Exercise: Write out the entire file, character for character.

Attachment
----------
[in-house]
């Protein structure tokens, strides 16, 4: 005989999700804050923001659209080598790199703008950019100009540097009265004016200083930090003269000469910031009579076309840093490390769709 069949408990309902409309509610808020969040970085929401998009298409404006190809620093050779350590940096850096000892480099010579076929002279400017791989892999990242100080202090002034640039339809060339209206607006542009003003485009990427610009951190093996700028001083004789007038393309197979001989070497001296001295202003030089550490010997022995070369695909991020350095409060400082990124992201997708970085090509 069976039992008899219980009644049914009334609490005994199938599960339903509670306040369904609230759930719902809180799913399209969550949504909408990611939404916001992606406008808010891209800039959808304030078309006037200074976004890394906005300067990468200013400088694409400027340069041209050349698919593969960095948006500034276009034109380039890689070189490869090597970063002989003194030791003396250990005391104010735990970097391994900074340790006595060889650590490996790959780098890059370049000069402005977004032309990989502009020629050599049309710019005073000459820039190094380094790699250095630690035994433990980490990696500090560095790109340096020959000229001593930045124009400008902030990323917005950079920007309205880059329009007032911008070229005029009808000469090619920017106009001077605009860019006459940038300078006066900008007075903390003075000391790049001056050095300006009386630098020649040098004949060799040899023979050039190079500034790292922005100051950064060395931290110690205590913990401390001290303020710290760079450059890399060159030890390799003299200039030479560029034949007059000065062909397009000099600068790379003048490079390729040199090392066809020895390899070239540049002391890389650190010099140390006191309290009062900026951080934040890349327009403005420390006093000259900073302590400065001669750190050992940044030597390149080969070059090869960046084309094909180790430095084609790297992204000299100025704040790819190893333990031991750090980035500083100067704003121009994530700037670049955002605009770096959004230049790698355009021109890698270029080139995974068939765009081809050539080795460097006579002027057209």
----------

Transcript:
[in-house]
């Protein structure tokens, strides 16, 4: 005989999700804050923001659209080598790199703008950019100009540097009265004016200083930090003269000469910031009579076309840093490390769709 069949408990309902409309509610808020969040970085929401998009298409404006190809620093050779350590940096850096000892480099010579076929002279400017791989892999990242100080202090002034640039339809060339209206607006542009003003485009990427610009951190093996700028001083004789007038393309197979001989070497001296001295202003030089550490010997022995070369695909991020350095409060400082990124992201997708970085090509 069976039992008899219980009644049914009334609490005994199938599960339903509670306040369904609230759930719902809180799913399209969550949504909408990611939404916001992606406008808010891209800039959808304030078309006037200074976004890394906005300067990468200013400088694409400027340069041209050349698919593969960095948006500034276009034109380039890689070189490869090597970063002989003194030791003396250990005391104010735990970097391994900074340790006595060889650590490996790959780098890059370049000069402005977004032309990989502009020629050599049309710019005073000459820039190094380094790699250095630690035994433990980490990696500090560095790109340096020959000229001593930045124009400008902030990323917005950079920007309205880059329009007032911008070229005029009808000469090619920017106009001077605009860019006459940038300078006066900008007075903390003075000391790049001056050095300006009386630098020649040098004949060799040899023979050039190079500034790292922005100051950064060395931290110690205590913990401390001290303020710290760079450059890399060159030890390799003299200039030479560029034949007059000065062909397009000099600068790379003048490079390729040199090392066809020895390899070239540049002391890389650190010099140390006191309290009062900026951080934040890349327009403005420390006093000259900073302590400065001669750190050992940044030597390149080969070059090869960046084309094909180790430095084609790297992204000299100025704040790819190893333990031991750090980035500083100067704003121009994530700037670049955002605009770096959004230049790698355009021109890698270029080139995974068939765009081809050539080795460097006579002027057209």